The machine looks like the offspring of an Erector Set and an inkjet printer.
The “ink” feels like applesauce and looks like icing. As nozzles expel the pearly material, layer by layer, you imagine the elaborate designs this device could make on gingerbread cookies.
But the goo is made of living cells, and the machine is “printing” a new body part.
These machines — they’re called three-dimensional printers — work very much like ordinary desktop printers. But instead of just putting down ink on paper, they stack up layers of living material to make 3-D shapes. The technology has been around for almost two decades, providing a shortcut for dentists, jewelers, machinists and even chocolatiers who want to make custom pieces without having to create molds.
In the early 2000s, scientists and doctors saw the potential to use this technology to construct living tissue, maybe even human organs. They called it 3-D bioprinting, and it is a red-hot branch of the burgeoning field of tissue engineering.
In laboratories all over the world, experts in chemistry, biology, medicine and engineering are working on many paths toward an audacious goal: to print a functioning human liver, kidney or heart using a patient’s own cells.
That’s right — new organs, to go. If they succeed, donor waiting lists could become a thing of the past.
Tony Atala, director of the Wake Forest Institute for Regenerative Medicine in North Carolina, envisions what he calls “the Dell computer model,” where a surgeon could order up “this hard drive, with this much memory …,” only he or she would be talking about specs for living tissue rather than electronics.
Bioprinting technology is years and possibly decades from producing such complex organs, but scientists have already printed skin and vertebral disks (the soft tissue that grows in the spine between the vertebrae) and put them into living bodies. So far, none of those bodies have been human, but a few types of printed replacement parts could be ready for human trials in two to five years.
“The possibilities for this kind of technology are limitless,” said Lawrence Bonassar, whose lab at Cornell University has printed vertebral tissue that tested well in mice. “Everyone has a mother or brother or uncle, aunt, grandmother who needs a meniscus or a kidney or whatever, and they want it tomorrow. ... The promise is exciting.” But he warns that nothing is likely to be ready in time to help people who already need an organ. “The goal is not to squash that excitement, but to temper it with the reality of what the process is.”
The reality for now is that making such things as vertebral disks and knee cartilage, which largely just cushion bones, is far easier than constructing a complicated organ that filters waste, pumps blood or otherwise keeps a body alive.
Scientists say the biggest technical challenge is not making the organ itself, but replicating its intricate internal network of blood vessels, which nourishes it and provides it with oxygen.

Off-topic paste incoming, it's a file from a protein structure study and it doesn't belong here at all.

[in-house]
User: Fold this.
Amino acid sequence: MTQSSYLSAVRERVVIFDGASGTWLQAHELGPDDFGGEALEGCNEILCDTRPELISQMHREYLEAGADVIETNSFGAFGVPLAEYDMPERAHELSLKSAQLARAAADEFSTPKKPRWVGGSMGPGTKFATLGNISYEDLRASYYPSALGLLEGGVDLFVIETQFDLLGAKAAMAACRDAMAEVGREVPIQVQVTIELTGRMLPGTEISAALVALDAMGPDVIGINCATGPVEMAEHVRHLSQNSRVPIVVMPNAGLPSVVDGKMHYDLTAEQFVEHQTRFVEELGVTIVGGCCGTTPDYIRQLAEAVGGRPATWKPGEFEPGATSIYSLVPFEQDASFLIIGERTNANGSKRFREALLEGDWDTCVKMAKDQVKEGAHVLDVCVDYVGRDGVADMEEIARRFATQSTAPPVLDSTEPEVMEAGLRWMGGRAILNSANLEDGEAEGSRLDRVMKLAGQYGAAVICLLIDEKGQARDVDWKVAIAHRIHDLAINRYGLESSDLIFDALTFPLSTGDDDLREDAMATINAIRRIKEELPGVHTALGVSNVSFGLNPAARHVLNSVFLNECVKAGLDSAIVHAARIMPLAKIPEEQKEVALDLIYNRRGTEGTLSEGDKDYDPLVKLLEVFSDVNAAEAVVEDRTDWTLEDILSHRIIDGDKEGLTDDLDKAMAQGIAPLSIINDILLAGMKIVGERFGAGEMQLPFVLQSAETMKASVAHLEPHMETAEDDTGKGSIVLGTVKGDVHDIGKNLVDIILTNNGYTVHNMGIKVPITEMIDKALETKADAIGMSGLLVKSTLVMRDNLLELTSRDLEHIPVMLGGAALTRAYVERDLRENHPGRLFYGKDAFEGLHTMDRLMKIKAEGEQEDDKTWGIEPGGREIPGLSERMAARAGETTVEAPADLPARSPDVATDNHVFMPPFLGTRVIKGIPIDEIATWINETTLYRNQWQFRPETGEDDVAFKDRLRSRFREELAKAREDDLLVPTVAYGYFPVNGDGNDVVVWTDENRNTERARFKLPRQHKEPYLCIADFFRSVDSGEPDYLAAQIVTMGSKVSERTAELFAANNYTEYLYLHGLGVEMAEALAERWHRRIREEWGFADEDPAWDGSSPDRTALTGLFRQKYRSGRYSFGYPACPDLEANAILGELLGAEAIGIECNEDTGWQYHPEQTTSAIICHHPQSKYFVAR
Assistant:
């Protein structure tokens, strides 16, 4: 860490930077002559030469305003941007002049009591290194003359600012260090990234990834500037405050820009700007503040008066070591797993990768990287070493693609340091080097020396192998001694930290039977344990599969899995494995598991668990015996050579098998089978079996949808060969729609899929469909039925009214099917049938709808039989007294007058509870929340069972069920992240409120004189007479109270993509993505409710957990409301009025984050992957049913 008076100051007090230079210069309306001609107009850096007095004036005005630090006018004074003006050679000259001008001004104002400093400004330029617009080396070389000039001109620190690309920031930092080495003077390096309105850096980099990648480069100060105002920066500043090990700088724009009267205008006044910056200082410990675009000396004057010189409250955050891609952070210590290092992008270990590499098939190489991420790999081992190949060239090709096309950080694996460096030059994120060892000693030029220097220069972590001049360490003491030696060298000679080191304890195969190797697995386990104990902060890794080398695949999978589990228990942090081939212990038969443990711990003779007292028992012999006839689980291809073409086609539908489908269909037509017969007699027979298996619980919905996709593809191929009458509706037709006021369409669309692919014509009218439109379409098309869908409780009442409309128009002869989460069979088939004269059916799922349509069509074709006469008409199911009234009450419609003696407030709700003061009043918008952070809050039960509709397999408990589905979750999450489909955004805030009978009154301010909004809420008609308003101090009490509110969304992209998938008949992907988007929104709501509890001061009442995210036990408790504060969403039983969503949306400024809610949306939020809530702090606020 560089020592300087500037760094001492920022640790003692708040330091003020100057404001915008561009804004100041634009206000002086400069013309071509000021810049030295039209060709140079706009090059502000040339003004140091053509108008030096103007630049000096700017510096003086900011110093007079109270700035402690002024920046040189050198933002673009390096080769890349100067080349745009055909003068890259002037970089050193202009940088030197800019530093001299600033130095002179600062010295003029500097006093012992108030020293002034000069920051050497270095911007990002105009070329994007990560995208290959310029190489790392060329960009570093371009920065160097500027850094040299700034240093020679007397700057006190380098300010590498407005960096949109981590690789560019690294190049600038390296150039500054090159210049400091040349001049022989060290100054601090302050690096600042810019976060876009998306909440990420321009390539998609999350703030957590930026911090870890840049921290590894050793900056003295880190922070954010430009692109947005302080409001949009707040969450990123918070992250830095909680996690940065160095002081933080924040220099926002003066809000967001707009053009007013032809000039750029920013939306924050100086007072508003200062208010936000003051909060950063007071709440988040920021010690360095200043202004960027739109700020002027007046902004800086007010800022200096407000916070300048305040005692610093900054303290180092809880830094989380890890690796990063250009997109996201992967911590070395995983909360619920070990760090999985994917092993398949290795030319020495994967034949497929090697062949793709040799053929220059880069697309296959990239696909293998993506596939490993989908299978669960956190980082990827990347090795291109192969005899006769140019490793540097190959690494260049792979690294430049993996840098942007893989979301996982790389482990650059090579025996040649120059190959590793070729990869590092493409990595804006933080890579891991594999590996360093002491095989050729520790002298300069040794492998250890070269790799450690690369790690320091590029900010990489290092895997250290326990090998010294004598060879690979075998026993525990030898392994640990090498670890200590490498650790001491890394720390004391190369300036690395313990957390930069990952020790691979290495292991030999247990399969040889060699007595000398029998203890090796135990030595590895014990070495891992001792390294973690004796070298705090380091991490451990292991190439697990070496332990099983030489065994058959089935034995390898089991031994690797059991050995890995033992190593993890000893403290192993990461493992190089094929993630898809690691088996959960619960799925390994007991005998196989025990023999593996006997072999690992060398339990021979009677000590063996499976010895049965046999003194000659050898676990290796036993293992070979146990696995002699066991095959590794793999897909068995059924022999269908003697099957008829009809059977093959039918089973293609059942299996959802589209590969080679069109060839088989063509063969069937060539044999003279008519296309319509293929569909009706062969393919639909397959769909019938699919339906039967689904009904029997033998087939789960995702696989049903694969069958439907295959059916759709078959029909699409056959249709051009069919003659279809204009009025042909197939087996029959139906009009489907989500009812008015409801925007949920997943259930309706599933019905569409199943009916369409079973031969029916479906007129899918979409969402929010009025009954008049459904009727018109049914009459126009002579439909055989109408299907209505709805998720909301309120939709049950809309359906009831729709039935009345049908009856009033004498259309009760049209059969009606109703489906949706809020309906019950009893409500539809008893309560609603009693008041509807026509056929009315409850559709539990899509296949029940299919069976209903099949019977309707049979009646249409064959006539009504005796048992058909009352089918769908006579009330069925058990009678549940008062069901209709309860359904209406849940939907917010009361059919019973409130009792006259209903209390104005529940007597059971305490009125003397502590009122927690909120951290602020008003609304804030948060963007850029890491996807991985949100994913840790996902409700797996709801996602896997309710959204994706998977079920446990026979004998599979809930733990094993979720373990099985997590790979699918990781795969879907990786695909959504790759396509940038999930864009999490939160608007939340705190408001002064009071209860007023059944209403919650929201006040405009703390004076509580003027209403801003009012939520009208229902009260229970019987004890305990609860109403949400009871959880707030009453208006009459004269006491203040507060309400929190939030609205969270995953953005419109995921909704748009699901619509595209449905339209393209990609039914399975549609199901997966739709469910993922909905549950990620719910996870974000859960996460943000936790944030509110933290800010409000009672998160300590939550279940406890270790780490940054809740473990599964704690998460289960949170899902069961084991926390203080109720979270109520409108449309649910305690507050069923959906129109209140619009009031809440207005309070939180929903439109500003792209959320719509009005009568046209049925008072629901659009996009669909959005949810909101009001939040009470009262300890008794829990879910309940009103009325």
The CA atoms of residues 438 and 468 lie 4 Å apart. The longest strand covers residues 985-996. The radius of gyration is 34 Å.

Many tissue engineers believe the best bet for now may be printing only an organ’s largest connector vessels and giving those vessels’ cells time, space and the ideal environment in which to build the rest themselves; after that, the organ could be implanted.
The cells, after all, have been functioning within the body already in some capacity, either as part of the tissue that is being replaced or as stem cells in fat or bone marrow. (Donor stem cells could be used, but ideally cells would come directly from the patient.)
“The cells are actually the tissue engineers, so the people that do the work are just cheerleaders,” said Rocky Tuan, director of the Center for Cellular and Molecular Engineering at the University of Pittsburgh. “When we do tissue engineering, we are accelerating what the cells normally do. I tell people it’s assisted living, because we help the cells. We build all the houses and everything, and then we say, ‘Cells, come in and do your thing.’ ” If the cells do their thing correctly, the organ lives and grows just as the original once did.
Another huge challenge is common to much new research: lack of money.
“If the federal government created a ‘human organ project’ and wanted to make the kidney, I literally think it could happen in 10 years,” said chemical engineer Keith Murphy, co-founder of Organovo, a firm that makes and works with high-end bioprinters. But that would require a massive commitment of people, resources and billions of dollars, he said.
Once scientists get over the financial and technical hurdles of bioprinting, they will have to square the process with the Food and Drug Administration, which will have to decide how to regulate something that is not simply a device, a biological product or a drug, but potentially all three.
Before printed organs are implanted into people, bioprinting may be used in other ways. Murphy’s group is working on a project that will replicate tissue for testing the effects of medications, particularly cancer drugs. This could eliminate some of the drawn-out, trial-and-error process of trying a series of drugs on a person before finding one that works.
While a complex organ would be the holy grail for most tissue engineers, some like to look even farther ahead, straight into science fiction.
“If one can bioprint functional human organ constructs, then bioprinting a whole human — or whatever will be the name for such a creature — is just a logical extension,” said Vladimir Mironov, a pioneer in the field who is working with computer companies to design better bioprinting software.
Others don’t know why anyone would want to do that.
“It’s a visionary idea,” said Mironov’s colleague Jonathan Butcher of Cornell, whose lab is working on printing heart valves. “But the usual method of human reproduction works pretty well.”